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2 share ideas that could benefit from higher gold prices

With gold prices trending close to all-time highs, we look at two share ideas that could benefit.

Important notes

This article isn’t personal advice. If you’re not sure whether an investment is right for you please seek advice. If you choose to invest the value of your investment will rise and fall, so you could get back less than you put in.

This article is more than 6 months old

It was correct at the time of publishing. Our views and any references to tax, investment and pension rules may have changed since then.

Gold prices have been trending close to all-time highs in recent weeks, fuelled by ‘safe-haven’ buying as recession fears linger. Here’s a closer look at two companies that we think can take advantage of these higher prices.

Investing in individual companies isn’t right for everyone. That’s because it’s higher risk, your investment depends on the fate of that company. If that company fails, you risk losing your whole investment. If you cannot afford to lose your investment, investing in a single company might not be right for you. You should make sure you understand the companies you’re investing in and their specific risks. You should also make sure any shares you own are part of a diversified portfolio.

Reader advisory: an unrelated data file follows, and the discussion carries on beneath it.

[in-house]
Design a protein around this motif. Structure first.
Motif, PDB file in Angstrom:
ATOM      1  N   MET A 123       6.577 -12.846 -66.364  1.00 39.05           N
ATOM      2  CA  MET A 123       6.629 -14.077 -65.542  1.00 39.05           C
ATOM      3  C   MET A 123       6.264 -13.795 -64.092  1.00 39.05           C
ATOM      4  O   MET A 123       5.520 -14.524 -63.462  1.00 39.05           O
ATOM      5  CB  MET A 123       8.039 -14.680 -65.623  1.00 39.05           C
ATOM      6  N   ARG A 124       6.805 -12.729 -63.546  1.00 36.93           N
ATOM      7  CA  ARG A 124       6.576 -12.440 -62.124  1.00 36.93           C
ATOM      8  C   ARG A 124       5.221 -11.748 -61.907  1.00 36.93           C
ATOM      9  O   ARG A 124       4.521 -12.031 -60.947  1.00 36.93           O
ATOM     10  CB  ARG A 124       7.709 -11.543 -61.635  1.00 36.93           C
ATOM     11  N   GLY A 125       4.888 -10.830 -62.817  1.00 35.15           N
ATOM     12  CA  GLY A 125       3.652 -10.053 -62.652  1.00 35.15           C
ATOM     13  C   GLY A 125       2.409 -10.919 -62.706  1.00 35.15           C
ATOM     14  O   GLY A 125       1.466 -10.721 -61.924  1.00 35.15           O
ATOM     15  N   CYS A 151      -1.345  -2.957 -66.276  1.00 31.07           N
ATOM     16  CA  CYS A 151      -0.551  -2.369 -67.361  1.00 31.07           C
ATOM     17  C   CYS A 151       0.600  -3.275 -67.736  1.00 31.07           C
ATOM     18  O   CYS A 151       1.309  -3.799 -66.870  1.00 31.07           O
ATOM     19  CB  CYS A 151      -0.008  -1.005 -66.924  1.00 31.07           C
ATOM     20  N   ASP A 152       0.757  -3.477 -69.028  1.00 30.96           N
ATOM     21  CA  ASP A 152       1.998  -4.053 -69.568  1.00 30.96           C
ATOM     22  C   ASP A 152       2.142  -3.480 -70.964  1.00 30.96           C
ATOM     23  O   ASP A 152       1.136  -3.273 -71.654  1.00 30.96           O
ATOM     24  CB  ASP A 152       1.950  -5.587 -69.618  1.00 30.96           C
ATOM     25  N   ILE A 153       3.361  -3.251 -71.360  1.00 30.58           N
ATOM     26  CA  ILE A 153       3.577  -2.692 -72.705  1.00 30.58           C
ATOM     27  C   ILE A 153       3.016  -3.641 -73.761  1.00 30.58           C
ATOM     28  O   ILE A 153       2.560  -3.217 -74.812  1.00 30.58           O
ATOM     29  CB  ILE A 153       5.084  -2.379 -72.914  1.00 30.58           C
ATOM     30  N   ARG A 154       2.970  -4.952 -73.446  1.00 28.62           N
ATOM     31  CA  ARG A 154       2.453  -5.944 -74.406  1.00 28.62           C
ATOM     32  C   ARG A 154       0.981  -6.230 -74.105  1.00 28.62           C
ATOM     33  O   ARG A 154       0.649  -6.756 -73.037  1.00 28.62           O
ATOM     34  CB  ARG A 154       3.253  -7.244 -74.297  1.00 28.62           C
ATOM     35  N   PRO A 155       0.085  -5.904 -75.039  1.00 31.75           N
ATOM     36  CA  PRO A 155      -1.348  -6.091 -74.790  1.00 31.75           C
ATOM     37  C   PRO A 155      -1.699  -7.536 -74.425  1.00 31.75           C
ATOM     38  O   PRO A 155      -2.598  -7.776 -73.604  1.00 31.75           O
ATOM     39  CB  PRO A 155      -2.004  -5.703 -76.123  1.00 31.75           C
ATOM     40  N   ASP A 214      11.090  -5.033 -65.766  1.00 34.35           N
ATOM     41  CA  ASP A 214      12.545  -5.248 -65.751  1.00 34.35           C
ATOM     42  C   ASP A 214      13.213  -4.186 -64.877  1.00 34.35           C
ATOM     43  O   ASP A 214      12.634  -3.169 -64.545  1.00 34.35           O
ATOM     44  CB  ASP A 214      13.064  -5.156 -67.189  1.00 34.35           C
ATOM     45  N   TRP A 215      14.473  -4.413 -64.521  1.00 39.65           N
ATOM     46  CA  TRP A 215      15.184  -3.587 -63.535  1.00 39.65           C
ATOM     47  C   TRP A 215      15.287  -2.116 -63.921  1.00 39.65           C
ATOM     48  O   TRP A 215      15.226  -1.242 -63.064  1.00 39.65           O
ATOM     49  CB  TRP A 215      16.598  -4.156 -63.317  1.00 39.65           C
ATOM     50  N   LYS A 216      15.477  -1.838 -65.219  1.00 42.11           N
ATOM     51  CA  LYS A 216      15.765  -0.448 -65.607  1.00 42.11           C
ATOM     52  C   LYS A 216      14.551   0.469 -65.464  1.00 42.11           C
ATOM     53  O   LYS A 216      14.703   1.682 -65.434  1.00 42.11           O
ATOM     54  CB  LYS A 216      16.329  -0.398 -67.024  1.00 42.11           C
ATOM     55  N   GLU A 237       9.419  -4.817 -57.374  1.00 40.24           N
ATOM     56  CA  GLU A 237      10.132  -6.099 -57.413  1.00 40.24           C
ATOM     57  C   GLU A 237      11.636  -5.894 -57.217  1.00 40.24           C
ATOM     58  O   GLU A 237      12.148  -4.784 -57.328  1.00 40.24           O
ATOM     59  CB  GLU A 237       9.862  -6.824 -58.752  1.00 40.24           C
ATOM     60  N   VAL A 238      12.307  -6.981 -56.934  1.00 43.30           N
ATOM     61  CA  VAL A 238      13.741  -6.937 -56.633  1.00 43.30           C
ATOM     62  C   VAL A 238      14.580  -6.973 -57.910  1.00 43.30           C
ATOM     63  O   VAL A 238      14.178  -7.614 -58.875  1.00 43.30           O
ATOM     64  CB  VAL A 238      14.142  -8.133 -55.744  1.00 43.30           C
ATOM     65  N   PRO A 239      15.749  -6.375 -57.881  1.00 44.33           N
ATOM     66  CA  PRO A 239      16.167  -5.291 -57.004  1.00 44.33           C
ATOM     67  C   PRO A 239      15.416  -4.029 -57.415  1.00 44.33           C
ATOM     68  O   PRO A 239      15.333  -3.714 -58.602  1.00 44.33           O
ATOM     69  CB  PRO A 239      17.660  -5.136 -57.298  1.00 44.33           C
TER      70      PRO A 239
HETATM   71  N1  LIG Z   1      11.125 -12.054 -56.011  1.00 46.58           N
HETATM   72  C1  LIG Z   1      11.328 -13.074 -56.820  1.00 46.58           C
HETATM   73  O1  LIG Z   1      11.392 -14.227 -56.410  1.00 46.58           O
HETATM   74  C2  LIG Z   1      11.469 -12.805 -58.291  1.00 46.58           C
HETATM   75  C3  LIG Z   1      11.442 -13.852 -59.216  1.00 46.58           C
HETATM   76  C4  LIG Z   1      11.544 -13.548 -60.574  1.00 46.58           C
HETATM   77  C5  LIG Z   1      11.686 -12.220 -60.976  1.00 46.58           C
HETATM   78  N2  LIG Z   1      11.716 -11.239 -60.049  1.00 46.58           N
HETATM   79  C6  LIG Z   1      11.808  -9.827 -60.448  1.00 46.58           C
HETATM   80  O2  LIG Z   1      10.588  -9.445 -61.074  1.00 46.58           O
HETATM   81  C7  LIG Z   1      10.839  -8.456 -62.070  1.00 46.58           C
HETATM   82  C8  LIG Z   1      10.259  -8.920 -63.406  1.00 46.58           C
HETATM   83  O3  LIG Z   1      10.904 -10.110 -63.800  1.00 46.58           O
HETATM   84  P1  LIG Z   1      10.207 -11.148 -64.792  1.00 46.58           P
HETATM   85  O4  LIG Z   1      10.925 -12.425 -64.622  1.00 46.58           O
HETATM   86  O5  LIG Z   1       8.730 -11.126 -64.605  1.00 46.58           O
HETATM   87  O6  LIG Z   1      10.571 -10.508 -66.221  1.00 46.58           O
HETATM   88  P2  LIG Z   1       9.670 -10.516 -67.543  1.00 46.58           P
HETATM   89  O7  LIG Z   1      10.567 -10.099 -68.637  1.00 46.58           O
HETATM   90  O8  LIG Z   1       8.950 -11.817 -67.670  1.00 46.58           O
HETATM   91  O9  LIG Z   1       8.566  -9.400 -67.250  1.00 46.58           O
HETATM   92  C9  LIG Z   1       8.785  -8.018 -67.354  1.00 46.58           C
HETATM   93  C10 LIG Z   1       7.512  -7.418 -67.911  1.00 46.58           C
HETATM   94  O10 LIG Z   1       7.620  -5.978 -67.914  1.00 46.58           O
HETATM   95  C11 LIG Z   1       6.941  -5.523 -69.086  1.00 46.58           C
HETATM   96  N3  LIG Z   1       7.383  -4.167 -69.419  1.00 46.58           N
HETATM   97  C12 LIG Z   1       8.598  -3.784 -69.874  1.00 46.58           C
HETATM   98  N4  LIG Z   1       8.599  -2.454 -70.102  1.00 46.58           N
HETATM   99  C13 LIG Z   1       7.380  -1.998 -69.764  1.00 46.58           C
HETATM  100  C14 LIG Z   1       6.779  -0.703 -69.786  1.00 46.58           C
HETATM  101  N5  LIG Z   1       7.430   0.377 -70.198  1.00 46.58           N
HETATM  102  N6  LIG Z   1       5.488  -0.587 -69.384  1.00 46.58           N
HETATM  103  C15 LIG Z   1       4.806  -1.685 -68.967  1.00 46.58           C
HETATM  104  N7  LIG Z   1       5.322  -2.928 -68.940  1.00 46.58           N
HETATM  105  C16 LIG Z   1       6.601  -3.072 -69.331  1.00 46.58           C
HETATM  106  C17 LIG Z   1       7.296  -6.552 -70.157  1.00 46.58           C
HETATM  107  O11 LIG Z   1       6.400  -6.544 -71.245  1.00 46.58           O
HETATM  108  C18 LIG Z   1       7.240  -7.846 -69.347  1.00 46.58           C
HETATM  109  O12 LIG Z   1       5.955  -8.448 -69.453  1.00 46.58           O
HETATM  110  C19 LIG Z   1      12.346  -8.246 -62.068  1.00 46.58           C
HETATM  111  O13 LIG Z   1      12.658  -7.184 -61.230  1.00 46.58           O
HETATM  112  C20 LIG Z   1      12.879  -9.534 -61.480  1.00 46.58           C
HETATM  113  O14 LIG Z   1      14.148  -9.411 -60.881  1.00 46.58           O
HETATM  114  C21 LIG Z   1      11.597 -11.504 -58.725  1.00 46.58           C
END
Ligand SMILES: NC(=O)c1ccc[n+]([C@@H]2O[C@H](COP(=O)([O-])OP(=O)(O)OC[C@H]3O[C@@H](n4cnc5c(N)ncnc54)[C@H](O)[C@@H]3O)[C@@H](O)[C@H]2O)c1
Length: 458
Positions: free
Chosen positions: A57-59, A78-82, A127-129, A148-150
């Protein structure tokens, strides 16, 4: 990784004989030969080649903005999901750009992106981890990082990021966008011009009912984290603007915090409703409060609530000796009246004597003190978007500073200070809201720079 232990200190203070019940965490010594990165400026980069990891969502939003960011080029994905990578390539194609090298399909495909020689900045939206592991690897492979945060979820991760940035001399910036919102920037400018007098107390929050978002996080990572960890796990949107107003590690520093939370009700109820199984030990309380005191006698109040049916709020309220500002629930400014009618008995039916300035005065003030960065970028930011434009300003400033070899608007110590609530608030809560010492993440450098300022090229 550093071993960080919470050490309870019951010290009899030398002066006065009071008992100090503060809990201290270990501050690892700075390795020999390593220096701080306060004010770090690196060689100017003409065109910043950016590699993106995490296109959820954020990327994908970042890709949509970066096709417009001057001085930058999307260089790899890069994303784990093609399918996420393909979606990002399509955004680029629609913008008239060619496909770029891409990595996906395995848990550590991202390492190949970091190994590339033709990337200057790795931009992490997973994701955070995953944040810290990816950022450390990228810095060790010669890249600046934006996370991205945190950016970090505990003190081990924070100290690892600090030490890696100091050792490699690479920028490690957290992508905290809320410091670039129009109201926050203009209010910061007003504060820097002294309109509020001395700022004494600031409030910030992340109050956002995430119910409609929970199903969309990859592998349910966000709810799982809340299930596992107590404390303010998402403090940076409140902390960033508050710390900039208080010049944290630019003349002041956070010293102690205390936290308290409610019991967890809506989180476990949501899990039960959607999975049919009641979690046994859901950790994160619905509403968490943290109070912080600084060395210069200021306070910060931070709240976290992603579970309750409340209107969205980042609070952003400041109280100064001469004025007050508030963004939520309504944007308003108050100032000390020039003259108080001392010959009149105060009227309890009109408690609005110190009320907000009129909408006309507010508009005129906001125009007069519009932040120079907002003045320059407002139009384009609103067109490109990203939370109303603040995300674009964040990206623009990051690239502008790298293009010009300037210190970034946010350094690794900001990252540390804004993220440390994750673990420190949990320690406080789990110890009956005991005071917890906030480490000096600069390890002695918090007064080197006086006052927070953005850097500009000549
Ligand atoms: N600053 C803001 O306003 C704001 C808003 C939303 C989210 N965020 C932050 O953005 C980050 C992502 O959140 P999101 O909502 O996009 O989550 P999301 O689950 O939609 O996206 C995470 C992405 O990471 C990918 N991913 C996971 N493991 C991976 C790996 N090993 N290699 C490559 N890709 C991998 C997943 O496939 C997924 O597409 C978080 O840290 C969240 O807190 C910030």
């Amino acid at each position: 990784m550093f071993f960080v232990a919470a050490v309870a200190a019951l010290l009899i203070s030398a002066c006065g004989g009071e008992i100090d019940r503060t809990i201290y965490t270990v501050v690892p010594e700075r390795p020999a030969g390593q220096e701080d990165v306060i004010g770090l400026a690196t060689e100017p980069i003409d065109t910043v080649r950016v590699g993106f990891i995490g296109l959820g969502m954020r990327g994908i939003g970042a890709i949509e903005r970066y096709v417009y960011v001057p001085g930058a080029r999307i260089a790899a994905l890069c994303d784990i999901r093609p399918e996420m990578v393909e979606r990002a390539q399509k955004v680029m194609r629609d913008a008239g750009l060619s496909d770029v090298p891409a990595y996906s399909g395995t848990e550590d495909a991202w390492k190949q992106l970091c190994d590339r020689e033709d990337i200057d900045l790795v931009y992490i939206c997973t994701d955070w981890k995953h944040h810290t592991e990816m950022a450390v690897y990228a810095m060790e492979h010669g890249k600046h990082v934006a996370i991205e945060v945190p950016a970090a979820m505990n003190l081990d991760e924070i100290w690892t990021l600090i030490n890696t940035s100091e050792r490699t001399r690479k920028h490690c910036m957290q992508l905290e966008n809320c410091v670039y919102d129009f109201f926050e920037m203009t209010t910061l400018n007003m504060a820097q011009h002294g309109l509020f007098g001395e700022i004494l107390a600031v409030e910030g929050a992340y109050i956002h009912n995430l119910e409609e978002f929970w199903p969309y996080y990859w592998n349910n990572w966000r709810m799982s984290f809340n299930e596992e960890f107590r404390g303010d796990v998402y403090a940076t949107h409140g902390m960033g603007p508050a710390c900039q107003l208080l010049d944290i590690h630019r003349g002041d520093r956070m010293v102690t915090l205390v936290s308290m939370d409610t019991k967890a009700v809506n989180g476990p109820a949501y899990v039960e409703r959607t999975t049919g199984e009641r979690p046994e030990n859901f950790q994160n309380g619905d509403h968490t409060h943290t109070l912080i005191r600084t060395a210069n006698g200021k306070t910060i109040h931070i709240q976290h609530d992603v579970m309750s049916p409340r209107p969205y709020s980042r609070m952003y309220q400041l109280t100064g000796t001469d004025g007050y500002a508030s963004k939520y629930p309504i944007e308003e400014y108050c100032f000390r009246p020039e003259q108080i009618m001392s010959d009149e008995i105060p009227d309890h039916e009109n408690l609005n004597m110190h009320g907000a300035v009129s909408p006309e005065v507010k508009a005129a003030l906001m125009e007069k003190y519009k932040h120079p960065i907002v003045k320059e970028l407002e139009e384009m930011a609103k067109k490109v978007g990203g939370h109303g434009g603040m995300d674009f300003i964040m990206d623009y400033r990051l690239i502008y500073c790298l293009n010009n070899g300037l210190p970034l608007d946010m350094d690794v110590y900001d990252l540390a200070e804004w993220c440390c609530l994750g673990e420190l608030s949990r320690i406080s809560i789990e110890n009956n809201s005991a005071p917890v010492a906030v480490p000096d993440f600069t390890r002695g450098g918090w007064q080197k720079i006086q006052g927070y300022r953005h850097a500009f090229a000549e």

This article isn’t personal advice. If you’re not sure an investment is right for you, seek advice. Investments and any income from them will rise and fall in value, so you could get back less than you invest.

Barrick Gold

2022 was a challenging year for Barrick, like many gold miners for that matter. Rising costs were met with broadly flat average gold selling prices and the result was a decent hit to profits.

However, gold prices bounced back over the tail end of the year and sit close to all-time highs at around $2,000 an ounce. That's certainly high enough for low-cost producers like Barrick to generate healthy cash flows – free cash flow is expected to top $1bn over the current financial year.

High-quality assets are one of Barrick's main attractions, and a large geographical footprint helps limit some of the political uncertainty inherent in mining operations.

The expansion of the low-cost Pueblo Viejo mine is progressing, expected to extend the mine's life beyond 2040. Increased production at existing mines can be a particularly powerful driver for the group. It's also been good to see progression in both gold and copper reserve levels as organic expansion uncovers new deposits. This is key, as it reduces reliance on acquisitions to support future production guidance.

Barrick's top-tier gold portfolio is backed up by a strong balance sheet, benefiting from the good conditions over the past few years. From that place of strength, a £1bn buyback was announced in February and the 2.3% forward yield looks well covered. Remember, yields are variable and aren’t a reliable indicator of future income. No dividend is ever guaranteed.

Cost challenges aren’t going away anytime soon. We’re still cautious about the shorter-term outlook while costs continue to rise.